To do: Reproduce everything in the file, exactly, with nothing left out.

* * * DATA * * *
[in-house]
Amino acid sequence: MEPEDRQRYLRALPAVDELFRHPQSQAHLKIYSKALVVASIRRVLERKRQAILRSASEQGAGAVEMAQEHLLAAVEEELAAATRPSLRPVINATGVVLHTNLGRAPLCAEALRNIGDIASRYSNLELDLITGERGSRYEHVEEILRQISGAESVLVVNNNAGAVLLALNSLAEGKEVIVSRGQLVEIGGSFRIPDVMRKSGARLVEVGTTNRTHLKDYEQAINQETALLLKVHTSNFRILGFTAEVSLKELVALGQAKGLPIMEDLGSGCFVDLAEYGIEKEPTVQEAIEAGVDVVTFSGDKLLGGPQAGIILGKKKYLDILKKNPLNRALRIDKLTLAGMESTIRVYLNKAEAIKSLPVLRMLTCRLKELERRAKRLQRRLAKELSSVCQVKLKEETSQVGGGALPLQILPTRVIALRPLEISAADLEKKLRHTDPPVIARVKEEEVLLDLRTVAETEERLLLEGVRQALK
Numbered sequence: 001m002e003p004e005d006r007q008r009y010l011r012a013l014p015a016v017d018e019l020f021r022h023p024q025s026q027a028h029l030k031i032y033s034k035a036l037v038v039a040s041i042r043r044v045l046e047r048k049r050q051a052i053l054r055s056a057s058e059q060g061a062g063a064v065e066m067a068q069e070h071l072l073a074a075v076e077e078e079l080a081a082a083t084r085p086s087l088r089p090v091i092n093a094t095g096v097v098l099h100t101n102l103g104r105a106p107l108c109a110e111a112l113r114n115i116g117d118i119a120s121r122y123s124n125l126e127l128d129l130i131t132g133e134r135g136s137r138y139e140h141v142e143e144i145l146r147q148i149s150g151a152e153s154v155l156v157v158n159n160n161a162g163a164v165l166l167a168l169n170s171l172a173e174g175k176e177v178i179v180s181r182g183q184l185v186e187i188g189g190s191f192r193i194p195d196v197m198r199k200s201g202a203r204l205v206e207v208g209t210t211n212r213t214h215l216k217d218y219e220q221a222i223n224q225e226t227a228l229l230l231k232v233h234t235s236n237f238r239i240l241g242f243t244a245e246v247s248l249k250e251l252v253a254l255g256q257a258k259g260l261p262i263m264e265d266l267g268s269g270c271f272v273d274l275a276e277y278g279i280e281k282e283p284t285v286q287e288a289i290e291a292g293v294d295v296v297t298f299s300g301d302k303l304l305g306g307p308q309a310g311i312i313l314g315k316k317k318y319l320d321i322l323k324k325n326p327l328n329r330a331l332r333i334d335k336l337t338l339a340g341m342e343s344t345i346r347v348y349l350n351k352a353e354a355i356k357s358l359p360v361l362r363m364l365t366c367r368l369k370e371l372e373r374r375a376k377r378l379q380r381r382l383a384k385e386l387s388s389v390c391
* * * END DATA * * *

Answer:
[in-house]
Amino acid sequence: MEPEDRQRYLRALPAVDELFRHPQSQAHLKIYSKALVVASIRRVLERKRQAILRSASEQGAGAVEMAQEHLLAAVEEELAAATRPSLRPVINATGVVLHTNLGRAPLCAEALRNIGDIASRYSNLELDLITGERGSRYEHVEEILRQISGAESVLVVNNNAGAVLLALNSLAEGKEVIVSRGQLVEIGGSFRIPDVMRKSGARLVEVGTTNRTHLKDYEQAINQETALLLKVHTSNFRILGFTAEVSLKELVALGQAKGLPIMEDLGSGCFVDLAEYGIEKEPTVQEAIEAGVDVVTFSGDKLLGGPQAGIILGKKKYLDILKKNPLNRALRIDKLTLAGMESTIRVYLNKAEAIKSLPVLRMLTCRLKELERRAKRLQRRLAKELSSVCQVKLKEETSQVGGGALPLQILPTRVIALRPLEISAADLEKKLRHTDPPVIARVKEEEVLLDLRTVAETEERLLLEGVRQALK
Numbered sequence: 001m002e003p004e005d006r007q008r009y010l011r012a013l014p015a016v017d018e019l020f021r022h023p024q025s026q027a028h029l030k031i032y033s034k035a036l037v038v039a040s041i042r043r044v045l046e047r048k049r050q051a052i053l054r055s056a057s058e059q060g061a062g063a064v065e066m067a068q069e070h071l072l073a074a075v076e077e078e079l080a081a082a083t084r085p086s087l088r089p090v091i092n093a094t095g096v097v098l099h100t101n102l103g104r105a106p107l108c109a110e111a112l113r114n115i116g117d118i119a120s121r122y123s124n125l126e127l128d129l130i131t132g133e134r135g136s137r138y139e140h141v142e143e144i145l146r147q148i149s150g151a152e153s154v155l156v157v158n159n160n161a162g163a164v165l166l167a168l169n170s171l172a173e174g175k176e177v178i179v180s181r182g183q184l185v186e187i188g189g190s191f192r193i194p195d196v197m198r199k200s201g202a203r204l205v206e207v208g209t210t211n212r213t214h215l216k217d218y219e220q221a222i223n224q225e226t227a228l229l230l231k232v233h234t235s236n237f238r239i240l241g242f243t244a245e246v247s248l249k250e251l252v253a254l255g256q257a258k259g260l261p262i263m264e265d266l267g268s269g270c271f272v273d274l275a276e277y278g279i280e281k282e283p284t285v286q287e288a289i290e291a292g293v294d295v296v297t298f299s300g301d302k303l304l305g306g307p308q309a310g311i312i313l314g315k316k317k318y319l320d321i322l323k324k325n326p327l328n329r330a331l332r333i334d335k336l337t338l339a340g341m342e343s344t345i346r347v348y349l350n351k352a353e354a355i356k357s358l359p360v361l362r363m364l365t366c367r368l369k370e371l372e373r374r375a376k377r378l379q380r381r382l383a384k385e386l387s388s389v390c391